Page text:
to be alive in government captivity, the freelance photographer was shot
by forces loyal to Qaddafi over six weeks ago
Supporters gather in Johannesburg for a May 3 rally for Anton Hammerl's release from Libya. Siphiwe Sibeko/Reuters
Freelance photographer Anton Lazarus Hammerl, a South African who also held Austrian citizenship, was killed in Libya on April 5, his family has just learned. Hammerl was traveling with three other journalists outside of Brega when the group was attacked by government troops, who shot and killed him. Until this evening, when Hammerl's family announced his death in a post to the Facebook group "Free photographer Anton Hammerl," he was believed to be alive and detained by the Libyan government.
Upon crossing the border into Tunisia on Thursday, the other journalists communicated the news of Hammerl's death to his family through an intermediary. Clare Morgana Gillis, who contributes to The Atlantic and USA Today; James Foley of GlobalPost; and Spanish photographer Manuel Brabo were all with Hammerl when he was killed.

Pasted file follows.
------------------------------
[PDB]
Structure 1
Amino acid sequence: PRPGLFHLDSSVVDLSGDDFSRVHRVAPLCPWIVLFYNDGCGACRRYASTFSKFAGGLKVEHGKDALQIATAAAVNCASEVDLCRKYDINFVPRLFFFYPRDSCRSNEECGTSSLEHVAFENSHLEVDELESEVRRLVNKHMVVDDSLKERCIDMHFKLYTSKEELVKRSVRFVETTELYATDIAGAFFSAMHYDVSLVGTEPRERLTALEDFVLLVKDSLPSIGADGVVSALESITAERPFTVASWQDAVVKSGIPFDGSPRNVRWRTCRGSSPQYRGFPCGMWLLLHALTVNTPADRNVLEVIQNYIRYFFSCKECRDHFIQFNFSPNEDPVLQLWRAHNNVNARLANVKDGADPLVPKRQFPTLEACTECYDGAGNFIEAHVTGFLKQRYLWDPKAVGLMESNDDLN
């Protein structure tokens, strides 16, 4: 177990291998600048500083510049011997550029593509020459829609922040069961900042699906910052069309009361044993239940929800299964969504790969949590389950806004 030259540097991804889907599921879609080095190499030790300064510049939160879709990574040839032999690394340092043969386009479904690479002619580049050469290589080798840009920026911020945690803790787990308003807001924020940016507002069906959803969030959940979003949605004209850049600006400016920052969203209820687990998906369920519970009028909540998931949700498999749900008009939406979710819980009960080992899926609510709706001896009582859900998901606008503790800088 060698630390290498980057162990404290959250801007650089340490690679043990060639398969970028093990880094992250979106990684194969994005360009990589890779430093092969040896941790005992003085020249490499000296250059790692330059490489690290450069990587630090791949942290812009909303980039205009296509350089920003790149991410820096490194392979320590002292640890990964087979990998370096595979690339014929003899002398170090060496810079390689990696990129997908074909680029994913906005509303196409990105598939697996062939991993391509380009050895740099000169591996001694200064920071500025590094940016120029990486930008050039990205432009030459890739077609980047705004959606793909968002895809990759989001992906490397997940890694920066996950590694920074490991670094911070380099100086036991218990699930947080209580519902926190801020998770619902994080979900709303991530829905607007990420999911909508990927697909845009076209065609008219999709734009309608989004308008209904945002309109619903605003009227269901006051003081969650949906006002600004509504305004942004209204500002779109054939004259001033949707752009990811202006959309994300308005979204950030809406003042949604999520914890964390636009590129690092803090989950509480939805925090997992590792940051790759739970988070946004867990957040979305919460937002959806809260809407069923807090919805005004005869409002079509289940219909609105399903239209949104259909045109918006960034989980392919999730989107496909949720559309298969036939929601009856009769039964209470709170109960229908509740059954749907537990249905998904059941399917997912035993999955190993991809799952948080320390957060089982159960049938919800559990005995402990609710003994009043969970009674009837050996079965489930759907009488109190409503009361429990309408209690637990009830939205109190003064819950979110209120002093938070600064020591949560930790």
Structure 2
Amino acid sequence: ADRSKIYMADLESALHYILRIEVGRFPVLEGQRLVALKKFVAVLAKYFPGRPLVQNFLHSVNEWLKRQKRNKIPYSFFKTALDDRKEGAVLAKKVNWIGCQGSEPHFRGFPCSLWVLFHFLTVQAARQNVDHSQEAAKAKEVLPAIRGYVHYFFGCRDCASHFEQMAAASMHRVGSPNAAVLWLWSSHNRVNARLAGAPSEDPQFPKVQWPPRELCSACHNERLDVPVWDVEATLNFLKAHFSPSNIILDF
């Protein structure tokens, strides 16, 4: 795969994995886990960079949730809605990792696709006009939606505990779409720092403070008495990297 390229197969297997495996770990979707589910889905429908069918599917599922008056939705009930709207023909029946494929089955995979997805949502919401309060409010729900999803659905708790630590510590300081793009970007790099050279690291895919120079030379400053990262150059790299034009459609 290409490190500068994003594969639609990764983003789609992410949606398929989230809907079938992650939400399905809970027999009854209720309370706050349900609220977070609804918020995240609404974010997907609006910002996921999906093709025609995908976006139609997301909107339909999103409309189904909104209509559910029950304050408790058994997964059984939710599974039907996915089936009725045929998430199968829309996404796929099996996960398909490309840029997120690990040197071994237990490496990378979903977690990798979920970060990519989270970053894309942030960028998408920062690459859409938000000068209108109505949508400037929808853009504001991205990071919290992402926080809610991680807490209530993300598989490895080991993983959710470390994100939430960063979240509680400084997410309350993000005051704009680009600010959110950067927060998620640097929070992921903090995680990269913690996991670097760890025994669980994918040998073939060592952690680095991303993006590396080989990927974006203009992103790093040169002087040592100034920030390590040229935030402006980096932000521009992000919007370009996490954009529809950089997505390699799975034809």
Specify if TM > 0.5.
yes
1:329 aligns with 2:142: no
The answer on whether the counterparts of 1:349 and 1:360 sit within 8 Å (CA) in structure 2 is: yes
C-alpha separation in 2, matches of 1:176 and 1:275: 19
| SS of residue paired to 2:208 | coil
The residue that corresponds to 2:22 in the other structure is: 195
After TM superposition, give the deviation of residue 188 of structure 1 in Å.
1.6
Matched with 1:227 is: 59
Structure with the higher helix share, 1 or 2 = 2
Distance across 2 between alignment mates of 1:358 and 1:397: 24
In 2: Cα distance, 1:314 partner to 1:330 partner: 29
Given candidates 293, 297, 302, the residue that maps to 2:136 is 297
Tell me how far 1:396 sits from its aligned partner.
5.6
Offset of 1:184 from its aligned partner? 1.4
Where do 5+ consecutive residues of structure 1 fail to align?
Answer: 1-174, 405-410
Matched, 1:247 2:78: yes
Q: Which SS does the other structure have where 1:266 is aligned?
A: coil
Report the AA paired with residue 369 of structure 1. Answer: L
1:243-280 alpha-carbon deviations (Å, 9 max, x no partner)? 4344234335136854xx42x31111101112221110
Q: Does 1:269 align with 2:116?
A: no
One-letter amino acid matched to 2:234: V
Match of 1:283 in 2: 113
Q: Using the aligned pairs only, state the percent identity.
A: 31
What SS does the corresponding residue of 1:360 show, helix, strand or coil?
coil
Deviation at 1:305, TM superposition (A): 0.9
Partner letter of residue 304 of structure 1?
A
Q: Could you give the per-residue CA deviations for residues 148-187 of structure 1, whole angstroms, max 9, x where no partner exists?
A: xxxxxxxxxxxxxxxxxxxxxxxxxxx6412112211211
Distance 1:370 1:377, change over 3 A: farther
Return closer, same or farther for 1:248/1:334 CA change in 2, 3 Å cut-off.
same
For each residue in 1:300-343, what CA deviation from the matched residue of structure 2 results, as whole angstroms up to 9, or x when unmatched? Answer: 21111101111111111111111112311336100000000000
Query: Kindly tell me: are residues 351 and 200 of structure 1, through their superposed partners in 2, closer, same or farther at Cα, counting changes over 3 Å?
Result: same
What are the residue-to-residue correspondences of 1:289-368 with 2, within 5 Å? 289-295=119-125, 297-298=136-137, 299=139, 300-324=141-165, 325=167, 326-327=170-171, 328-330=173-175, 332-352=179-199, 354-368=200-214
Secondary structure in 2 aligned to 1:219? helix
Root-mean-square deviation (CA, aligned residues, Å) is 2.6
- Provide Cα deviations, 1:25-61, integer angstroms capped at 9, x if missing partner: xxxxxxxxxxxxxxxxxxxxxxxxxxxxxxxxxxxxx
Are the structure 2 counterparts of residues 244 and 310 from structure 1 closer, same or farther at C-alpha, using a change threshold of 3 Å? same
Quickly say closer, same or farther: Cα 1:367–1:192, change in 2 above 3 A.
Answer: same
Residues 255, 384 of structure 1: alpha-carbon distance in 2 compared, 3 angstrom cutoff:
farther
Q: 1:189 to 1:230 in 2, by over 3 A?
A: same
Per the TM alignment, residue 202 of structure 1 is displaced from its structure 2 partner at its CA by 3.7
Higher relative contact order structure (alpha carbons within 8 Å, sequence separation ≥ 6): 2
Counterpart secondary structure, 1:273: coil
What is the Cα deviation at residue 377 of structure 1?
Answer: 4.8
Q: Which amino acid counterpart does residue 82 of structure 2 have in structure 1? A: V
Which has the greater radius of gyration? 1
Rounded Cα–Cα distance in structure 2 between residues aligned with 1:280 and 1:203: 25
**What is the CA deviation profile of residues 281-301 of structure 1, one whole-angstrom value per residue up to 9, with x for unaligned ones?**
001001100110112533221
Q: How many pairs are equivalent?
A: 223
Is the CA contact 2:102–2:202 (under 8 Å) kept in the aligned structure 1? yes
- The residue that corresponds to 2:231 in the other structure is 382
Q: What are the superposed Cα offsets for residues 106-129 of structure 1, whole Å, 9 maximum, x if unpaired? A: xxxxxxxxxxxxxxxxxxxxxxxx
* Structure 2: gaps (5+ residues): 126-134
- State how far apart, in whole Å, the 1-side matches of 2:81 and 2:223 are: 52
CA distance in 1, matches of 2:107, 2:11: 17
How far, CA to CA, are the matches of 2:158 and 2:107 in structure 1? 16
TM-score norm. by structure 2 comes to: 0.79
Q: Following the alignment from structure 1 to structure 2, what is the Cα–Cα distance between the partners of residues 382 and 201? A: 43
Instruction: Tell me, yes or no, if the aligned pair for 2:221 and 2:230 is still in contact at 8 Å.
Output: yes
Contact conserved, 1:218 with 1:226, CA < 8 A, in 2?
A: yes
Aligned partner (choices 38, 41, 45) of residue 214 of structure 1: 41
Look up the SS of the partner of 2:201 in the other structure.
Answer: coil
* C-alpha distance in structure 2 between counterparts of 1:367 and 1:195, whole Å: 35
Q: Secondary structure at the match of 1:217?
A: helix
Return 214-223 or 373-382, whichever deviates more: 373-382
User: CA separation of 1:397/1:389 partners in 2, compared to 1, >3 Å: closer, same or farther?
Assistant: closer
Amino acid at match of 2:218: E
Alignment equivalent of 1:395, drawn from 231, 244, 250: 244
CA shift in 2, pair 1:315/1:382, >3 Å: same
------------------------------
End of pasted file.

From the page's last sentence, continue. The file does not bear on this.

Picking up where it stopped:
"It all happened in a split second. We thought we were in the crossfire. But, eventually, we realized they were shooting at us. You could see and hear the bullets hitting the ground near us," Foley told GlobalPost. The four reporters, who had been driven to a desert crossroads by rebel troops, were forced to flee on foot because the rebels had driven off without them. They were running from troops loyal to Muammar Qaddafi when Hammerl was shot in the abdomen and fell. "I thought instinctively that we were all going to get killed, so I jumped up to surrender and screamed that we were journalists," Foley said.